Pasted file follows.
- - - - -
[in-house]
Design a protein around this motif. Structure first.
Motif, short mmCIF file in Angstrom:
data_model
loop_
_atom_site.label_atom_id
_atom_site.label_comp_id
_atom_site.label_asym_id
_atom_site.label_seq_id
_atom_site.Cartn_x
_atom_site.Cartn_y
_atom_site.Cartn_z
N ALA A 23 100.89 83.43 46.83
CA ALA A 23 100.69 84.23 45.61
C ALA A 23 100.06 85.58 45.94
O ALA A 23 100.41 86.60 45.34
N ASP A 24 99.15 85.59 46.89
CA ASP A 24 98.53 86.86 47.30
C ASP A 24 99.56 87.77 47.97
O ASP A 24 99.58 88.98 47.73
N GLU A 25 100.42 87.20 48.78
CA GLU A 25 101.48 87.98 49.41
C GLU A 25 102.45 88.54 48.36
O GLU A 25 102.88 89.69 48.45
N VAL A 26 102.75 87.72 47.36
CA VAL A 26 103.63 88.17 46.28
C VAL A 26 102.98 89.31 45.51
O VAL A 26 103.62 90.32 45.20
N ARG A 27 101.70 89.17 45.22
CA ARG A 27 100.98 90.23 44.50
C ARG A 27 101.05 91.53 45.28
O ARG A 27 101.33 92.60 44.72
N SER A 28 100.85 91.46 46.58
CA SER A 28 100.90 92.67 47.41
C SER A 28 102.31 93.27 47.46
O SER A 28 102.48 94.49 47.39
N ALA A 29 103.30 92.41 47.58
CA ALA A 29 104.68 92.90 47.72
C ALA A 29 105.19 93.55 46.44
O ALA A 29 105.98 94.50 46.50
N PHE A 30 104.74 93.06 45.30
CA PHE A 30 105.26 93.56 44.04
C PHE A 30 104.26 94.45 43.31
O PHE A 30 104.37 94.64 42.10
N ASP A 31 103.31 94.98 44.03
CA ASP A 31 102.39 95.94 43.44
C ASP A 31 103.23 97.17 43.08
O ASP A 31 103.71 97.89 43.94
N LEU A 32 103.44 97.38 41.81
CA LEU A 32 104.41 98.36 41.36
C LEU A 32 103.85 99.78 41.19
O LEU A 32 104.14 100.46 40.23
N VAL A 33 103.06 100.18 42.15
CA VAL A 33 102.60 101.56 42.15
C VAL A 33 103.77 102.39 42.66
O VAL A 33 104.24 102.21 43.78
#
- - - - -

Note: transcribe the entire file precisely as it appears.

[in-house]
Design a protein around this motif. Structure first.
Motif, short mmCIF file in Angstrom:
data_model
loop_
_atom_site.label_atom_id
_atom_site.label_comp_id
_atom_site.label_asym_id
_atom_site.label_seq_id
_atom_site.Cartn_x
_atom_site.Cartn_y
_atom_site.Cartn_z
N ALA A 23 100.89 83.43 46.83
CA ALA A 23 100.69 84.23 45.61
C ALA A 23 100.06 85.58 45.94
O ALA A 23 100.41 86.60 45.34
N ASP A 24 99.15 85.59 46.89
CA ASP A 24 98.53 86.86 47.30
C ASP A 24 99.56 87.77 47.97
O ASP A 24 99.58 88.98 47.73
N GLU A 25 100.42 87.20 48.78
CA GLU A 25 101.48 87.98 49.41
C GLU A 25 102.45 88.54 48.36
O GLU A 25 102.88 89.69 48.45
N VAL A 26 102.75 87.72 47.36
CA VAL A 26 103.63 88.17 46.28
C VAL A 26 102.98 89.31 45.51
O VAL A 26 103.62 90.32 45.20
N ARG A 27 101.70 89.17 45.22
CA ARG A 27 100.98 90.23 44.50
C ARG A 27 101.05 91.53 45.28
O ARG A 27 101.33 92.60 44.72
N SER A 28 100.85 91.46 46.58
CA SER A 28 100.90 92.67 47.41
C SER A 28 102.31 93.27 47.46
O SER A 28 102.48 94.49 47.39
N ALA A 29 103.30 92.41 47.58
CA ALA A 29 104.68 92.90 47.72
C ALA A 29 105.19 93.55 46.44
O ALA A 29 105.98 94.50 46.50
N PHE A 30 104.74 93.06 45.30
CA PHE A 30 105.26 93.56 44.04
C PHE A 30 104.26 94.45 43.31
O PHE A 30 104.37 94.64 42.10
N ASP A 31 103.31 94.98 44.03
CA ASP A 31 102.39 95.94 43.44
C ASP A 31 103.23 97.17 43.08
O ASP A 31 103.71 97.89 43.94
N LEU A 32 103.44 97.38 41.81
CA LEU A 32 104.41 98.36 41.36
C LEU A 32 103.85 99.78 41.19
O LEU A 32 104.14 100.46 40.23
N VAL A 33 103.06 100.18 42.15
CA VAL A 33 102.60 101.56 42.15
C VAL A 33 103.77 102.39 42.66
O VAL A 33 104.24 102.21 43.78
#